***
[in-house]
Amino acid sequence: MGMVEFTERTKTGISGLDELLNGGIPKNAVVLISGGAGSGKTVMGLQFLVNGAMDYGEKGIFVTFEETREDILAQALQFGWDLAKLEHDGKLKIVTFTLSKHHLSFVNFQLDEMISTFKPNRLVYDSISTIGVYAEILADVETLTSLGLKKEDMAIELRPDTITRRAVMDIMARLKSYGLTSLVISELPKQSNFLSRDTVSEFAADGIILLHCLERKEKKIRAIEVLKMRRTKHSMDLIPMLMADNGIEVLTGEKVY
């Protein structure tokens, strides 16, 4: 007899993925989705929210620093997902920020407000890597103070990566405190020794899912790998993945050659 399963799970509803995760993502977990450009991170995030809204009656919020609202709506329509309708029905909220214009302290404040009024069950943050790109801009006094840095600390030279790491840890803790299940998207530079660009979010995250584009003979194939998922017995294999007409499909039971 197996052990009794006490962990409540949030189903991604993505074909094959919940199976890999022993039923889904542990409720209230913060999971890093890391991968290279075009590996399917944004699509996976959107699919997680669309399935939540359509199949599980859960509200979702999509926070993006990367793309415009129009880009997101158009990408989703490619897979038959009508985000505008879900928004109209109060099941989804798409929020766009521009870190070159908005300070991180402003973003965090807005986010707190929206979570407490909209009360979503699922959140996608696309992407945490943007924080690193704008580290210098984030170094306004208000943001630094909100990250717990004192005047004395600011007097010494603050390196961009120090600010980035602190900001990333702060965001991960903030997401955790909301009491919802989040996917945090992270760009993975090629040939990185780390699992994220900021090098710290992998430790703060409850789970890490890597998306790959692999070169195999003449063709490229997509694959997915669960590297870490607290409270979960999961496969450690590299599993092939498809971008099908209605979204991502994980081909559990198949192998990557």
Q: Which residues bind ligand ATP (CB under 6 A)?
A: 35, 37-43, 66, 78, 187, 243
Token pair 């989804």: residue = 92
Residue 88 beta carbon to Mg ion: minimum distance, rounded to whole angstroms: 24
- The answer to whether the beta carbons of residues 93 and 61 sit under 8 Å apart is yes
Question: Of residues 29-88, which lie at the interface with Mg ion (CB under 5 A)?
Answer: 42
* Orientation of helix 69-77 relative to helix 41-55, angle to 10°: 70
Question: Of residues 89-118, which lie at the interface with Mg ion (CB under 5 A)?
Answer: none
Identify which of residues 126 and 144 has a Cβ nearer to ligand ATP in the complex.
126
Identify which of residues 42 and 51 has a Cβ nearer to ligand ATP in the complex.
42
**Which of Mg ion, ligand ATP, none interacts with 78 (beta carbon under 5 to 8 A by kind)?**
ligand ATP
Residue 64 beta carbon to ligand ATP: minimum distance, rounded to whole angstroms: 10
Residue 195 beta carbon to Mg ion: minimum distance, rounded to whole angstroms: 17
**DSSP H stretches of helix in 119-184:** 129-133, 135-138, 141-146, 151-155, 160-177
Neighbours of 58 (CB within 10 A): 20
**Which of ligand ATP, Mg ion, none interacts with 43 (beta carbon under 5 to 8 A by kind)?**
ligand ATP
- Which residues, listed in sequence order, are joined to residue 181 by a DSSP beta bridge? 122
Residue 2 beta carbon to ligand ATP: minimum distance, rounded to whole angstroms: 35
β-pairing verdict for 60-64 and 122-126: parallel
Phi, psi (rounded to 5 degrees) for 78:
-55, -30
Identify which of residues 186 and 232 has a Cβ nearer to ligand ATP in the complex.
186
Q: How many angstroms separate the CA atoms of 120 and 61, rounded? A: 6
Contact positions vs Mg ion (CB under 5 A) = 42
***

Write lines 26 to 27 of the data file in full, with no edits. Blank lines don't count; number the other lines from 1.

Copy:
- Which residues, listed in sequence order, are joined to residue 181 by a DSSP beta bridge? 122
Residue 2 beta carbon to ligand ATP: minimum distance, rounded to whole angstroms: 35